I take your point about the bad practice. I wonder though if action still couldn't be taken at the browser, after fair warning, to assume a certain default size for images where the developr has been too lazy to specify it, which can't subsequently be overridden, so the image iss caled to fit in the default size. If sites started rendering crappily, it would focus people's attention into specifying image sizes correctly. Or are there instances when you cannot legitimately specify a size? It would obviosuly need to be universally adopted and we all know how that would work out!
I have never come across a scenario that prevented the sizes being given. I'm sure if I said it never happens, someone would point out otherwise.
Ultimately, it boils down to this: If the clues to the final document layout are given, the browser will do a better job. If they aren't, browsers already do the best they can unless you think they should wait (maybe minutes on a slow connection) for everything to download before rendering.
As an end user I find an ever increasing need to remove stuff web developers are putting in. Endless tweaking of Adblock, Ghostery et al. to remove ads, social media slide in bars, EU cookie directive acknowledgements, newsletter sign-up popups, endless share/like widgets.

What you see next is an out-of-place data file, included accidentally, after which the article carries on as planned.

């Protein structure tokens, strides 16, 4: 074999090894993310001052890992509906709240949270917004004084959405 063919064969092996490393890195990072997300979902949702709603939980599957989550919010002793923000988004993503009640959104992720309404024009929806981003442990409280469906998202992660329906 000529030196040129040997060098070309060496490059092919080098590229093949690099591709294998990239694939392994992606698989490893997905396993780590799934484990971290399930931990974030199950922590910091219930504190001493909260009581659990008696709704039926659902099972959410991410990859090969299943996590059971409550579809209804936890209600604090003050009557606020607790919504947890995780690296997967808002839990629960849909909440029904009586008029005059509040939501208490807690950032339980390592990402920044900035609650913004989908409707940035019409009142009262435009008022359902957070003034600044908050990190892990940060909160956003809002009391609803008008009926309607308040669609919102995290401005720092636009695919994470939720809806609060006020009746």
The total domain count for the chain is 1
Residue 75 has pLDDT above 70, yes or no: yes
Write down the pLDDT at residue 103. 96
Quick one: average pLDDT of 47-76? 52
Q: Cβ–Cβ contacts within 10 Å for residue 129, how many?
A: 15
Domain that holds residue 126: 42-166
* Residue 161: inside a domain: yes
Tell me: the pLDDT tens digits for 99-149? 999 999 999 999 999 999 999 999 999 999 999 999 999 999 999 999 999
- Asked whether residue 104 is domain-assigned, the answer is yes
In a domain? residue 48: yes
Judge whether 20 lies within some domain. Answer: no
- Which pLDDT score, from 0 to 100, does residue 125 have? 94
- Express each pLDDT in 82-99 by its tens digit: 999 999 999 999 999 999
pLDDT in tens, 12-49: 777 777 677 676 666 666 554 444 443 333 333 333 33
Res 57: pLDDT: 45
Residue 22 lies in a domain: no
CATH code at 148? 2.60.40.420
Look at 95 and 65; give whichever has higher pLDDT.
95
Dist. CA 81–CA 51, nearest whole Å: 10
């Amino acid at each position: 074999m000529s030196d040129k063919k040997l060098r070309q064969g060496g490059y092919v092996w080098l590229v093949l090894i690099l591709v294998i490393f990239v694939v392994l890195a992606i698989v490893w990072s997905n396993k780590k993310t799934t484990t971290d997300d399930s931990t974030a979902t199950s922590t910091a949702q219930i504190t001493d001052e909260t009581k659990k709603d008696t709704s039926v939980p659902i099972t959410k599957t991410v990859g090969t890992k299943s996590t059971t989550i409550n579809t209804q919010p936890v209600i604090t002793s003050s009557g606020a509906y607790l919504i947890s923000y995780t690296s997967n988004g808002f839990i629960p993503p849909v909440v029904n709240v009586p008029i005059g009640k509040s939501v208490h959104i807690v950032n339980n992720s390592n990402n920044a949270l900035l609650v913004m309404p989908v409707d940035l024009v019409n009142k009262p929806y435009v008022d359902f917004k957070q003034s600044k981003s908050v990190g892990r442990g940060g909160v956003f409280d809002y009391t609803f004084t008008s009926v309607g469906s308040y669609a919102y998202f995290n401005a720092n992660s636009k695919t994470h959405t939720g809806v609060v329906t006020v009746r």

Better tools, no!?
For example, being able to call up an over-lay for a given page which facilitates discovery of the origins of elements visible on the page (whether already loaded or blocked by the likes of NoScript, Ghostery, or RequestPolicy), would open the door to much-more-rapid white-listing and black-listing with these, and similar, installed and active.
Further along, a means to analyse a specific page (incorporating cached information about various ad-slinging domains, CDNs, beacons, trackers, etc.) to display, in an adjacent tab or a pop-up, a reasonably accurate, commented, concise-and-clinical 'country profile'--one showing the relationships between the various sources of objects on the page. The purpose of all of that would be to help expose the web of (typically commercial) interests at play on the page, informing white-listing and black-listing by users.
Anything that gives the user more information and--importantly--facilitates their control over what displays, or even what is fetched, would be a good thing.
For giggles, I'd like an extension that groans longer and/or louder during page loads the heavier is the current page and/or the further afield it is from 'well-written'.
Syncs across iCloud, I can load tabs from my phone, desktop and laptop onto my iPad here in the freezing garden.
To hear you lot talk one would think that the Internet is only ever surfed by developers and the like. From and end user point of view the whole raft of browsers appear as a huge bag a shit software and developer wank juice which is getting bigger and more drippy and stinky every day, with many of my regular users saying, "fuck this, the interface has changed again ! If it happens one more time, I am out of here and off to get a real life".